The co-owners of Café Altro Paradiso bring different things to the table and it all comes together in this Italian oasis on bustling Spring Street.
Being competitive is vital if you’re opening a restaurant in well-fed Manhattan and that’s certainly the case when it comes to restaurateur Thomas Carter and chef Ignacio Mattos (pictured above, Mattos on left). “Sometimes one of us is more logical and sometimes one of us thinks more from the heart – but it flips frequently,” says Chicago-born Carter from behind the bar of his new Italian joint: Café Altro Paradiso in Soho.
The pair opened this “other paradise” on the ground floor of an art deco building on Spring Street in February but as the restaurant’s name implies, it’s not their only venture. Before Café Altro Paradiso came Estela, an intimate affair on Houston Street in nearby Nolita that launched in 2013. Serving small plates of Mediterranean-inspired food, Estela quickly became the place to eat for New Yorkers and subsequently visitors to the Big Apple. Even the Obamas, in town for the UN Assembly in 2014, popped by for a taste of Mattos’s creamy burrata and salt-cod croquettes. Naturally, expectations were high for the follow-up.
According to Carter, the hardest part is getting people to understand that Estela and Café Altro Paradiso are different concepts. Though these neighbourhood restaurants have starkly different menus and looks, they do share the same easygoing feel. Whether you plump for the mussels escabeche (a spicy vinegar marinade) on toast at Estela or gnocchi with peas, pancetta and pecorino romano at Café Altro Paradiso, the service will be sublimely attentive – and there won’t be a fussy white tablecloth in sight.
“The food at Café Altro Paradiso is rooted in the Italian tradition,” says Mattos, apron tied loosely around his waist. The Uruguayan’s previous posts include a stint as chef of beloved Noho institution Il Buco and the opening chef at now-closed Isa in Williamsburg. His menu is an homage to the bel paese, with starters including seared octopus with salsa verde and chickpeas, and a changing roster of five daily pasta dishes. Mains range from grilled swordfish with fennel, pine nuts, golden raisins and capers to fegato alla Veneziana (calf’s liver with onions and polenta). And who can resist a scoop of figgy ice cream for pudding?
Café Altro Paradiso’s menu more obviously reflects the seasons than its sister space; at Estela, Mattos focuses on ingredients that he can source throughout the year. Here he takes a more piecemeal approach by searching out goodies from nearby farms, Union Square Greenmarket, stalls in Chinatown, speciality shops in Little Italy – or “that small shop in Canada that is the only place to get really great caperberries”. It’s being up to the minute with the seasons that allows Mattos to manipulate familiar flavours; his ramp pesto is a prime example, made with the leaves of wild onions grown in New York State.
“Originally we wanted to open a simple counter serving pasta,” says Carter. But the concept blossomed when he and Mattos saw the vaulted ceilings and big windows of the airy space they’d acquired. Now it’s a shrine to white oak, brass and glossy marble: a brass-covered oak bar greets guests as they arrive, Carrara marble floors escort you to your table and brass handrails curve around the backs of leather banquettes, forming handy stash spots for bottles of wine if your tables are loaded with plates of fritto misto. Architect David M Sullivan designed the 80-seat, split-level space to reflect the old-meets-new philosophy of the food. Dimly lit, low-slung light fixtures are inspired by those in the central post office in Palermo, Sicily, a 1930s beauty best known for its murals by Italian painter Benedetta Cappa.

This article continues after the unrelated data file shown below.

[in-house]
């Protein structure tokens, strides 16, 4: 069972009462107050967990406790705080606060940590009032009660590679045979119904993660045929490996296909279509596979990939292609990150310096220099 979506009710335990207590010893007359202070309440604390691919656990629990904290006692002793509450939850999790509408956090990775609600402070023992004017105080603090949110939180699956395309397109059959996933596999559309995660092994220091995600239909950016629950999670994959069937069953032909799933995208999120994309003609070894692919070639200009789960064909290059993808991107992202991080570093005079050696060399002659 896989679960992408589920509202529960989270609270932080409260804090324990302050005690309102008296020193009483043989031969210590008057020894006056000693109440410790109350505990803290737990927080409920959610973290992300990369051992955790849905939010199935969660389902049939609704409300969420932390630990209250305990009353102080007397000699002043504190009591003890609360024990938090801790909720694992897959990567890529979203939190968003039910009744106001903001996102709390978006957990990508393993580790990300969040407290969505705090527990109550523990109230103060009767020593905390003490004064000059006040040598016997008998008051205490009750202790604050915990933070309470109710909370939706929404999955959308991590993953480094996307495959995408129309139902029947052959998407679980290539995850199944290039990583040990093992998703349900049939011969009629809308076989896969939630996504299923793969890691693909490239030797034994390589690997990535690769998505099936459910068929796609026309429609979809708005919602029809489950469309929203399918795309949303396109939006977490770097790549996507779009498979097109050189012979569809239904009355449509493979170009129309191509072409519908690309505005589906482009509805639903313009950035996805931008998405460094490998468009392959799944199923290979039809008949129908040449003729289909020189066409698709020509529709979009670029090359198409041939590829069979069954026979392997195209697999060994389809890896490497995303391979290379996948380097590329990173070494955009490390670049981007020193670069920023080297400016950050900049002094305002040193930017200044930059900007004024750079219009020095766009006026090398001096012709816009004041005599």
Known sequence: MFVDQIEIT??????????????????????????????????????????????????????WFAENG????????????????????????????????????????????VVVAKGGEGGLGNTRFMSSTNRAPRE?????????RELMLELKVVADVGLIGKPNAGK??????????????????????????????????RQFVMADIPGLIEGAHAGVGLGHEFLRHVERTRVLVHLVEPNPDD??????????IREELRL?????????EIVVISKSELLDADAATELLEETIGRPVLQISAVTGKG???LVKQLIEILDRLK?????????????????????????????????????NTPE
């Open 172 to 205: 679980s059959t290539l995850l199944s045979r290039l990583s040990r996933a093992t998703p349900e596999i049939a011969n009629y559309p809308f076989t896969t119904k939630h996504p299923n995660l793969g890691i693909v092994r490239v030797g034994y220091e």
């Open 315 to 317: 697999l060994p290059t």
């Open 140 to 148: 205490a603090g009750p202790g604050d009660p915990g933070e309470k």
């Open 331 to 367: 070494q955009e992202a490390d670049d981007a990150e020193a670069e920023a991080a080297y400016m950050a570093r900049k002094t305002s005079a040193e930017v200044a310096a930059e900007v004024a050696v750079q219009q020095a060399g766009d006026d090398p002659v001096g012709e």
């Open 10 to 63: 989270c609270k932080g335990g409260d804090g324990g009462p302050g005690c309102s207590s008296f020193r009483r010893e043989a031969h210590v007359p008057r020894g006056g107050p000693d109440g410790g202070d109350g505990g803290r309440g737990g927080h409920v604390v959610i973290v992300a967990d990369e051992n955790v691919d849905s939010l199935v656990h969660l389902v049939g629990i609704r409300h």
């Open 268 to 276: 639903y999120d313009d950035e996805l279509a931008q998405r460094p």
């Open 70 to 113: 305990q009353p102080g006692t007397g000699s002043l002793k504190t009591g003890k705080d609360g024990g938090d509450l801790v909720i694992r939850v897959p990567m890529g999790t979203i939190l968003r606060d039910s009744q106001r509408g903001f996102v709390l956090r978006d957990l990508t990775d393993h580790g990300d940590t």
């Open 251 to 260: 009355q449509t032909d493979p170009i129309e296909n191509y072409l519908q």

Vast and bright Café Altro Paradiso and quainter Estela are almost as different as the duo that founded them. Despite not always agreeing, the entrepreneurial pair “tend to make the right decisions” according to Carter. Looking around the space – and peeking into Mattos’s kitchen through a slender window carved beneath a wall of wine bottles (chosen by Carter) – it’s clear that there’s a common thread: everything is simple and carefully conceived. “Simple,” says Mattos, smiling, “but with a punch.”
2 large fennel bulbs, fronds and stems
3 tbsps Castelvetrano olives, roughly chopped
2 tbsps olive oil
½ tbsp chardonnay vinegar
Pinch of chilli flakes
Cracked black pepper
- Arrange four plates to make individual portions.
- Chop off fennel fronds and stems then slice, wash and rinse. Add to small bowl with chopped olives then add vinegar, olive oil, chilli and pepper, and mix.
- Pile olive mixture in centre of each plate.
- Shave fennel bulbs finely at roughly 100g per portion. Season with zest and juice of one lemon, adding juice from another half if necessary. Mix.
- Cover each serving plate with shaved pieces of fennel.
- Grate provolone cheese on top to taste. Serve.
½ bunch ramp leaves
3 tbsps pine nuts
35g parmesan, shaved
3 tbsps Sicilian olive oil
100g dry spaghetti alla chitarra
- Wash, dry and finely chop ramp leaves, then place in mixing bowl.
- Pound pine nuts with pestle and mortar.
- Add parmesan, pine nuts, lemon zest and olive oil to ramps. Mix.
- Cook pasta, strain and then add to mixing bowl. Finish with lemon juice, olive oil and more parmesan. Serve.